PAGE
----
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Nature Geek

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Everything posted by Nature Geek

  1. Its not the years, its the miles.
  2. A goose walks into a bar, sits down, and orders a beer. The bartender brings his beer over and says "hey, you know they have a vodka named after you?" The goose goes "They have a vodka named Roger?"
  3. Hi mattmccade I'm a little confused as to what you want, since it sounds contradictory to me, but maybe it is my lack of understanding. You say you want to congeal the pigment, and then suspend it. In normal paint, the pigment is usually already suspended, it is very tiny particles of material (often a mineral) that is suspended in the liquid. If you congeal it, or let it settle for a year, it no longer is suspended. Now, there are some colorants that are not tiny particles, but are dissolved molecules, like in a dye. I suppose one could get those to clump together but stay suspended, but I'm not sure that's what you want. ​I suspect you want the pigment to not be uniformly dispersed in the liquid, or maybe only partially dispersed, but I'm not sure.
  4. Oh, where is the fun in that. Humans have demonstrated repeatedly that they would rather ignore problems or pretend that they don't exist, and when forced to face the reality, come up with some crazy idea out of a James Bond bad guy playbook, or a cartoon. My guess as to what humans will do about global warming.... absolutely nothing. So far my answer seems right on track. Then, when the coral reefs are all dead and the oceans have displaced millions from the sea coasts of the planet, we will all act surprised and suddenly look to science to FIX IT!
  5. About 25 years ago, when I worked for a company that grew quartz crystals, we had a small project to grow some oxygen-18 enriched quartz crystals for a professor that was doing ESR research. We needed a couple of liters of Oxygen-18 enriched water for this, and IIRC, it was something like $5000 for the water.
  6. Nothing. If you don't have a way to complete the circuit, you won't get current flow, and so you won't have any electrochemical reactions.
  7. That is among the stupidest part of Trump's actions. He says he is dismantling the clean energy initiatives so as to bring coal mining jobs back. Those jobs are not going to come back because of Trump's changes. No power company in the US is going to build a new coal-fired plant. Natural gas is cheaper. And it takes years to build a plant - by the time they have completed it, we may have a new President who will just reinstall all of those restrictions. And what little mining is done, is now much more automated than it used to be, and requires fewer workers. At most, Trump has slowed down the closing of coal-fired power plants, and slowed down the downsizing of the coal industry. And this, at the cost of preventing more damage to our planet. Bad.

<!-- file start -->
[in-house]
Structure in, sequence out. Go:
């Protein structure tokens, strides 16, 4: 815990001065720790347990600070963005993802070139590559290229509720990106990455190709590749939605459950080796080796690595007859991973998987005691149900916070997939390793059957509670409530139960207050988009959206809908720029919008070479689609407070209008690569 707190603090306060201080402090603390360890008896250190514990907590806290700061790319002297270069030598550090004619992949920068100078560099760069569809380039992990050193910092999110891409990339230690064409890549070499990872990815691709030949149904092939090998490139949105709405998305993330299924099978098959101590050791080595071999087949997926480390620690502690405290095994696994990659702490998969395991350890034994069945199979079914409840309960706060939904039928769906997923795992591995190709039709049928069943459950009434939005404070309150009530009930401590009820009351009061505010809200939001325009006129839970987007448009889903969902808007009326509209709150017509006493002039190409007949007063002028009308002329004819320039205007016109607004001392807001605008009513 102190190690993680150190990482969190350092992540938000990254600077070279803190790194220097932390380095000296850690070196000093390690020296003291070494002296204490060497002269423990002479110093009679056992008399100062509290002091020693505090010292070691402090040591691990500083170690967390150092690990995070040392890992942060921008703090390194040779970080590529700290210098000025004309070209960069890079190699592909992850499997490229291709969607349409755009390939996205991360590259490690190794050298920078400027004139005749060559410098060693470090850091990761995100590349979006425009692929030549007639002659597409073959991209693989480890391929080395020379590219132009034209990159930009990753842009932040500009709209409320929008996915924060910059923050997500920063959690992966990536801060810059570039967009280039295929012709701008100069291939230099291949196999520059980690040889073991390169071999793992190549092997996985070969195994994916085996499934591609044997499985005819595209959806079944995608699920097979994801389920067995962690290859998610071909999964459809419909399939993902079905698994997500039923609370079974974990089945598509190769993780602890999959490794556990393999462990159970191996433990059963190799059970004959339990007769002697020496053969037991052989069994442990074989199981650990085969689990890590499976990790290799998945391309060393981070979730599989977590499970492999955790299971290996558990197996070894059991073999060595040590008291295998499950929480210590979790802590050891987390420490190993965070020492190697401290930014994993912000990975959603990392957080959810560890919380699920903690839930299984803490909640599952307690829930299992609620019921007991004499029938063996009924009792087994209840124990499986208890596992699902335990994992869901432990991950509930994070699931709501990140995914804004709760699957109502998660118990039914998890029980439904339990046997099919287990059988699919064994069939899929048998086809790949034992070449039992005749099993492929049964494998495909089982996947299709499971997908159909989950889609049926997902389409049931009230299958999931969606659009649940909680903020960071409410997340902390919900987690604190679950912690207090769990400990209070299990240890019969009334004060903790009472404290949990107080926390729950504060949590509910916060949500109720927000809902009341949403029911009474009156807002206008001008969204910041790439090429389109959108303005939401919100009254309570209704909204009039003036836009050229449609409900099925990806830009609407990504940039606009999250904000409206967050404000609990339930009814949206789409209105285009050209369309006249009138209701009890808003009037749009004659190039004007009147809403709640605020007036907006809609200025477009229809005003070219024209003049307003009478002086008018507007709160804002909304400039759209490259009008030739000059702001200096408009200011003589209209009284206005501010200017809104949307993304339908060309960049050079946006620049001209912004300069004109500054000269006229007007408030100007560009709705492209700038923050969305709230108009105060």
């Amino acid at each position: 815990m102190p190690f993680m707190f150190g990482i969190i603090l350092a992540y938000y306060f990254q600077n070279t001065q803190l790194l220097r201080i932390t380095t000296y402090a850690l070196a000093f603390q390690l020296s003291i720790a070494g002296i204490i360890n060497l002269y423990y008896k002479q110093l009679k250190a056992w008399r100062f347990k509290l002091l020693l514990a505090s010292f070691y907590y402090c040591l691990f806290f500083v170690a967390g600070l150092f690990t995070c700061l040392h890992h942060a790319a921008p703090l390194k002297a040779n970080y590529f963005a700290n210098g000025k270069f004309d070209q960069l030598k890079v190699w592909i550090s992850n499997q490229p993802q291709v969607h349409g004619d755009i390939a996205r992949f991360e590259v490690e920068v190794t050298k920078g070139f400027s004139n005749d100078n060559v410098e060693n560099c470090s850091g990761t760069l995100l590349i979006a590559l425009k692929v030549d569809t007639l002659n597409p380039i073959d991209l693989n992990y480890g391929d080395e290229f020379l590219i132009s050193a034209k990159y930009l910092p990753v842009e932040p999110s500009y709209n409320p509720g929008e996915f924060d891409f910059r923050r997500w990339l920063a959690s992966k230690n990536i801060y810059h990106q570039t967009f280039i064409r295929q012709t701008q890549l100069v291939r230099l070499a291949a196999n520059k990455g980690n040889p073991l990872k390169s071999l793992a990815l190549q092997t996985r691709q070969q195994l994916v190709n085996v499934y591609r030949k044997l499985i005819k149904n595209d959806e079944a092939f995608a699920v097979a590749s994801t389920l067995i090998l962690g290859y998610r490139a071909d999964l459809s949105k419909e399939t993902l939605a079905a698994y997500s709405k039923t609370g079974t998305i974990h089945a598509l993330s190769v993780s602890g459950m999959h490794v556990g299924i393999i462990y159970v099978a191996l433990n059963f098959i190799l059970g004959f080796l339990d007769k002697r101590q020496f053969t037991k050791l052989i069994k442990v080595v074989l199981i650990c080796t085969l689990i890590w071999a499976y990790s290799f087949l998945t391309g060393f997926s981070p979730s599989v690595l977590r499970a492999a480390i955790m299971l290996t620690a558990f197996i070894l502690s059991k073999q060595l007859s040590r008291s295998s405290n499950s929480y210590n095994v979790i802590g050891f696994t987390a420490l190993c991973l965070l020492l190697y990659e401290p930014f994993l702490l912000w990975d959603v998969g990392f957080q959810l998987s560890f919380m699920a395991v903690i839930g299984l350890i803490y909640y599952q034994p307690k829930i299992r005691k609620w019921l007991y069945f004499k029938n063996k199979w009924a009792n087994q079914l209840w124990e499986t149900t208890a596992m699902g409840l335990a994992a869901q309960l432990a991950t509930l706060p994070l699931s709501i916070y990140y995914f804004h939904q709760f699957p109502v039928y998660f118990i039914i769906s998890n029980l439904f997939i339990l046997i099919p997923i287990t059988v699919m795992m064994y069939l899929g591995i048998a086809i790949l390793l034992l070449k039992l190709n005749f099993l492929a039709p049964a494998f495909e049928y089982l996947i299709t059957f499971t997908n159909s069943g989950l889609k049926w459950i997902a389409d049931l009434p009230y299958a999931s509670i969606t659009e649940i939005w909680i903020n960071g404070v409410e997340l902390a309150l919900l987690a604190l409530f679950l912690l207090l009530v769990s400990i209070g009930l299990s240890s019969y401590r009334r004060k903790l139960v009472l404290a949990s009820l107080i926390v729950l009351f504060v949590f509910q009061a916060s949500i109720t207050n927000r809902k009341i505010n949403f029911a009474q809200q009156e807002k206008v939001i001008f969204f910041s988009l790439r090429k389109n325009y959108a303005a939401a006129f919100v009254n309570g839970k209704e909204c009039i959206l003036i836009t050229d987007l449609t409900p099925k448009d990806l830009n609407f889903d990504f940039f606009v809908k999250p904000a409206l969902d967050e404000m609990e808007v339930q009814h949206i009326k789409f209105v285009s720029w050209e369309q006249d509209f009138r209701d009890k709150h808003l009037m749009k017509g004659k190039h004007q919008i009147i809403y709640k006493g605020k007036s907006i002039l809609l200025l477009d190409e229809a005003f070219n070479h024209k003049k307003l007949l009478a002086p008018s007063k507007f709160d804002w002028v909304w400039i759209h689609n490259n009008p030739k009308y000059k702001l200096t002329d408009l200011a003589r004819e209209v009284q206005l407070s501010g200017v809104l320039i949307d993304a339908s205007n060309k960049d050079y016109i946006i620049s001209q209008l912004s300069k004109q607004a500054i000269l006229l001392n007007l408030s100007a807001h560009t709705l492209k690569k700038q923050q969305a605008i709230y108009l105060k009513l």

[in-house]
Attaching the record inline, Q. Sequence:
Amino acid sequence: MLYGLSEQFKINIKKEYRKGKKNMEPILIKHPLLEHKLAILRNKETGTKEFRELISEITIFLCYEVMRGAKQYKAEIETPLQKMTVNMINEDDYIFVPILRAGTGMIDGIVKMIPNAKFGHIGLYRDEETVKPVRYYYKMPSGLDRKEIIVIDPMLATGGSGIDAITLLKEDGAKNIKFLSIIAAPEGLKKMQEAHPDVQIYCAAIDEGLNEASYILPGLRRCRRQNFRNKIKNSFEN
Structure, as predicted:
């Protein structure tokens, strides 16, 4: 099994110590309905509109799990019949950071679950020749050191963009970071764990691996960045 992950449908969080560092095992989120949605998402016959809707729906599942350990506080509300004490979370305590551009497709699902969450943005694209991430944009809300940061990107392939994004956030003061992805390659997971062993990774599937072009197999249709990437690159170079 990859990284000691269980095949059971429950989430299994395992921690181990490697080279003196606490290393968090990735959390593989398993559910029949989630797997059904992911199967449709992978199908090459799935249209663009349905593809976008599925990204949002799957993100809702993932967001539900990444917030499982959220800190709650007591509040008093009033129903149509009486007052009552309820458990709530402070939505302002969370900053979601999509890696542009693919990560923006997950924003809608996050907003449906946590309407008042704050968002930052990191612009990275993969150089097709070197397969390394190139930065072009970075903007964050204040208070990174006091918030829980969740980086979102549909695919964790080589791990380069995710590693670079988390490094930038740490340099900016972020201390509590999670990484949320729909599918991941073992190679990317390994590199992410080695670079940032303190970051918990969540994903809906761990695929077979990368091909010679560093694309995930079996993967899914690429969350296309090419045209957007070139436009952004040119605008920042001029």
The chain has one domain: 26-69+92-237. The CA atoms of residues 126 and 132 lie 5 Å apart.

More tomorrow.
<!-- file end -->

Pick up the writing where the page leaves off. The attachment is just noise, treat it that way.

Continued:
8. In every way (he annoys me). Even among past Presidents who I didn't like, I could generally find some redeeming quality about them. Nixon was as amoral as they come, and was both paranoid and power-hungry, but he cared enough about how the future would view him that he actually did some good things. Reagan had a lot of bad policies, but he was a likable, senile grandfather figure, and gave great speeches. George W Bush is probably the dimmest bulb in the box, but I'd have a beer with him any day. There is absolutely nothing redeeming about Trump; he is, as best as I can tell, a completely despicable person, a con artist with no moral fiber, and what little business success he may have had, has been by guile, by pandering to the worst of human greed and avarice, and by taking advantage of others.
  9. Wherever you stand on this issue, I find it almost mind-boggling that the Republicans have spent SEVEN years complaining about the Affordable Care Act, meaning they had seven years to fine-tune their own plan. Instead, they cobble together a bill in a couple of weeks, blow it through committees, still with entire sections filled with things like <insert future content here>, only to watch it die in the House for lack of votes. The incompetence is staggering. It says to me that in fact they never actually had a plan. It was always much easier to be against what Obama was for. If Obama said the sky was blue, they said it was red. But, when they moment of truth came to actual govern, they had no clue as to how to do it. The most ironic thing - the ACA is a Republican plan. Back in Bill Clinton's first term, when Hillary was the "Health Czar", and was trying to come up with a single-payer plan, what eventually was to become the ACA was proposed by Republican Newt Gingrich. It was an alternative that didn't get rid of the insurance companies, and allowed them to still make money, but gave a form of universal coverage. And where was it first tested out - in Massachusetts, by Republican Governor Mitt Romney. And that's why Obama proposed it - he figured the Republicans wouldn't vote against their own plan. But he was wrong; the fact that he agreed with them now made it wrong. But the problem now is that the Republicans came up with their best plan and now have to oppose there very own plan, and have nothing further to propose. A classic hoist on your own petard!